StovePipeCat is one lucky kitten. With less than an hour left to live at a Los Angeles, CA “shelter,” the little kitten was rescued by a volunteer who fostered him and his two biological sisters, and who rescued three other cats while she was at it. Two weeks later, StovePipeCat was adopted to a married couple with grown children and a step-sister cat. Little did StovePipeCat know how much his life would change.Continue Reading
Earlier this week, I received Cat Fancy’s 50th Anniversary issue in the mail. It’s also, sadly, the magazine’s final issue. I had known about the magazine’s demise since the beginning of December, when I received a call from editor Susan Logan-McCracken. As a contributing writer, I very much appreciated that Susan took the time for this personal notification.Continue Reading
Cats communicate in many different ways. Their primary means of communication is body language, but they also communicate vocally. It’s up to us as their guardians to learn how to interpret their communications, but no matter how well trained a human may be in learning to speak feline, sometimes, we all wish our cats could talk. Apparently, somebody felt that this wish for better interspecies understanding deserved a national holiday, because believe it or not, today is National Answer Your Cat’s Question Day.Continue Reading
Now that this year’s Super Bowl is set to take place in Arizone between the Seattle Seahawks and New England Patriots, we can all star to focus on the game that really matters: Kitten Bowl II will premiere on the Hallmark Channel on Super Bowl Sunday! This is the biggest showdown in feline sports, and you don’t want to miss the cuteness!Continue Reading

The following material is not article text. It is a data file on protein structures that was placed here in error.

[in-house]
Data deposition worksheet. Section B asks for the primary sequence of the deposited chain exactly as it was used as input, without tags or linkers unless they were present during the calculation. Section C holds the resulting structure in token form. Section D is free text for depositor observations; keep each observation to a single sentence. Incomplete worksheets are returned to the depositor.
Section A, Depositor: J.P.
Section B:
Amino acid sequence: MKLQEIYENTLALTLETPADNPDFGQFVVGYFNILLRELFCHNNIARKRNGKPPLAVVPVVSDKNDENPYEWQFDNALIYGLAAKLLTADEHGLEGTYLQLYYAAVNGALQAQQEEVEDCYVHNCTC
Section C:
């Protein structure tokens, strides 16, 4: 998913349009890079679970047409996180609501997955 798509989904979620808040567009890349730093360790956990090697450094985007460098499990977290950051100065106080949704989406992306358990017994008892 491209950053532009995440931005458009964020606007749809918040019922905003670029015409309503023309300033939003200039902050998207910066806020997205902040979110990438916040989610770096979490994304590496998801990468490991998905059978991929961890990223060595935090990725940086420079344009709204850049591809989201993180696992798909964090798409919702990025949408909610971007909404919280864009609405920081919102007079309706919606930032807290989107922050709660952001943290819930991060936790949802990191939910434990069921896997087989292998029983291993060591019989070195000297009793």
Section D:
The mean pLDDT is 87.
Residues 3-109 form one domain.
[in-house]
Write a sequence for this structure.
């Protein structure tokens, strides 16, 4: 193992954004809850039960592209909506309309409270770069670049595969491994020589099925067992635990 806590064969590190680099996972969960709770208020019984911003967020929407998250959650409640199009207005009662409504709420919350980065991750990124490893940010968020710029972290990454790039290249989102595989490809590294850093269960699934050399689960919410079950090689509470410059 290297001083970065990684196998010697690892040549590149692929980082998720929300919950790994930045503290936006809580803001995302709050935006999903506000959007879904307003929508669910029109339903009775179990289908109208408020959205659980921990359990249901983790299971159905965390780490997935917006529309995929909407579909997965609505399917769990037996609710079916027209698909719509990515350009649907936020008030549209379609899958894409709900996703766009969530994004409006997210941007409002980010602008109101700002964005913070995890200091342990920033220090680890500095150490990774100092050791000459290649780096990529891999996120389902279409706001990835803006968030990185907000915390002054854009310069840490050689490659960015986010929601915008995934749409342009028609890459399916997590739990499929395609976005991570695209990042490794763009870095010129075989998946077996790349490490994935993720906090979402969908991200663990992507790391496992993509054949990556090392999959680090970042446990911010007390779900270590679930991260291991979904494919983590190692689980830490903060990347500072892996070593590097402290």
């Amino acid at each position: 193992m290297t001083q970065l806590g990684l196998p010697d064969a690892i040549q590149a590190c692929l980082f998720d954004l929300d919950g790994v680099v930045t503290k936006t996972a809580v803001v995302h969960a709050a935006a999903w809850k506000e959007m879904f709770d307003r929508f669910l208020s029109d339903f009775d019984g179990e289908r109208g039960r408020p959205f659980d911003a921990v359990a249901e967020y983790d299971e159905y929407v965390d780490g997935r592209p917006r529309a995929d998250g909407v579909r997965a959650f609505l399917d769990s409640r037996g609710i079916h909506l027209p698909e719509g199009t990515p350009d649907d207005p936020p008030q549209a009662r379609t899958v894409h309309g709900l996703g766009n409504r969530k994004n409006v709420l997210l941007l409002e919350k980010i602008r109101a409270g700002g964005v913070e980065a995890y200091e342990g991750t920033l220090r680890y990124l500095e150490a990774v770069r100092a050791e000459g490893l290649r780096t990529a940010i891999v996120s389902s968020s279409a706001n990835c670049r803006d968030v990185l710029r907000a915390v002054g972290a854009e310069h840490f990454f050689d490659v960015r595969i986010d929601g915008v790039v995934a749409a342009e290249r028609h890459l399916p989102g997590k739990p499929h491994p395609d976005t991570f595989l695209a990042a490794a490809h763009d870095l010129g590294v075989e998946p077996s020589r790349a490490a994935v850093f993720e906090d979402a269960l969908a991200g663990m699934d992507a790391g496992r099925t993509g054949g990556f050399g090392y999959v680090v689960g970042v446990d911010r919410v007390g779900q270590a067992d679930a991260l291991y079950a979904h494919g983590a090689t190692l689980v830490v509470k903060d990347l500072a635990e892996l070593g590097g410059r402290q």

2014 has been a very good year for all of us here at The Conscious Cat. Our readership and fan base grew rapidly, thanks to all of you who read this blog every day, comment here and on our Facebook page, and share what you read with your friends and followers. Allegra, Ruby and I appreciate your support more than words can say.
With more than 365 posts, it’s hard to highlight only a handful of posts. I choose some of our most popular ones for this year end review.Continue Reading
By Harry Shubin
T’was the night after the adoption event,
And all through the store,
Not a creature was stirring, not even a stray cricket on the floor
The Adoption Counselors were all snug in their beds
Thinking of ways to move adoptions ahead.Continue Reading
Michele West has been a photographer most of her life. She considers herself fortunate to have studied photography early when it was still “film” and in the style of the great masters. Henri Cartier-Bresson, who is considered the father of photo journalism, and who coined the term, “the decisive moment,” was one of her great inspirations. The decisive moment is waiting for all the elements to come perfectly together.Continue Reading
The Santa Paws Drive 2014 is now open for donations! For the past five years, this amazing organization has raised more than $55,00o in toys, treats and donations for 28 shelters around the world. This year, the drive will benefit two organizations that work together to save animals in kill shelters by transporting them to forever homes and no-kill rescues where there is greater demand for adoptions: Good Karma Cat Rescue in South Florida, and Cute Transport Network, an all volunteer network of drivers who transport cats all over the United States.Continue Reading
This article was originally published in Pet Boarding and Daycare Magazine. While the article was written for operators of cat boarding and grooming establishments, the tips I provided can also help cat guardians in choosing a good boarding facility for cats.